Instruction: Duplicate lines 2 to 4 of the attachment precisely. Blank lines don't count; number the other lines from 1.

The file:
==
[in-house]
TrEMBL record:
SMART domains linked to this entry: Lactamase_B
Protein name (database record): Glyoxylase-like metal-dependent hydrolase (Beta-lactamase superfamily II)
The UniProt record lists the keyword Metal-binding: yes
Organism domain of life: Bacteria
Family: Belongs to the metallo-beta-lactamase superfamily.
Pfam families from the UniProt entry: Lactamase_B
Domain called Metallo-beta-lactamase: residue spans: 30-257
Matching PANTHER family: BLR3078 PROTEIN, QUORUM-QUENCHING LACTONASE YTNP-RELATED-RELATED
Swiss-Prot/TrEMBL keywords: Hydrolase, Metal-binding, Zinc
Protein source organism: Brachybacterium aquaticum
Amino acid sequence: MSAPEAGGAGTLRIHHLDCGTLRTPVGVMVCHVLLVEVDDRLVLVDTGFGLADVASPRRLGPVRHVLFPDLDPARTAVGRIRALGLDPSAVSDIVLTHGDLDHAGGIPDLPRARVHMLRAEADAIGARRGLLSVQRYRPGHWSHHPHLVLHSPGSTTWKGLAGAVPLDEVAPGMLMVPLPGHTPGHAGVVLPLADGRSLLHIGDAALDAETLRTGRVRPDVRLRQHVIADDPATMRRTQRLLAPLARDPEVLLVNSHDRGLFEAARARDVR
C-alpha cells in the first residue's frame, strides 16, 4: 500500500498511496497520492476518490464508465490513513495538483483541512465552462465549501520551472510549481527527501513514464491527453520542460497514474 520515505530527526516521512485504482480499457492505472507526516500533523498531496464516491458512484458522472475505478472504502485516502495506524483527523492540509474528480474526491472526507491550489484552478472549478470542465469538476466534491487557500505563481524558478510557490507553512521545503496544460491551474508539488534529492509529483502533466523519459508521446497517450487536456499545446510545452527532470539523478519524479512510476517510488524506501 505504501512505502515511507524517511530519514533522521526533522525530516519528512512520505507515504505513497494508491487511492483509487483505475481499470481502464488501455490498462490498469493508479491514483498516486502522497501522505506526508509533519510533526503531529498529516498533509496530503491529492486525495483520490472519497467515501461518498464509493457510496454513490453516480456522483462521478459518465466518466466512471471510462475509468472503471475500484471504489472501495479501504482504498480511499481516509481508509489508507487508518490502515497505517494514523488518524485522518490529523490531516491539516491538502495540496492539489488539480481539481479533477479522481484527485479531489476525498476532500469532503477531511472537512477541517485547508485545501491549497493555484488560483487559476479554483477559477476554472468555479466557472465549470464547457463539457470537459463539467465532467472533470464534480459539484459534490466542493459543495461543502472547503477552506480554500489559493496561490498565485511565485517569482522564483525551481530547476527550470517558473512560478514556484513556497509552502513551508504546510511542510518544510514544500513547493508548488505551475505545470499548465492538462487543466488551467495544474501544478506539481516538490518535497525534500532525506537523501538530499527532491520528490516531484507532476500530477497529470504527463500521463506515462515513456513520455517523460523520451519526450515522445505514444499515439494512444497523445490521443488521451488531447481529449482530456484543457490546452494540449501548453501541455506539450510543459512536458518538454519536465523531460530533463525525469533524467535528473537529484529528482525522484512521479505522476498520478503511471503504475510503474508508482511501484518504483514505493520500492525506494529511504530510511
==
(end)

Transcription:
TrEMBL record:
SMART domains linked to this entry: Lactamase_B
Protein name (database record): Glyoxylase-like metal-dependent hydrolase (Beta-lactamase superfamily II)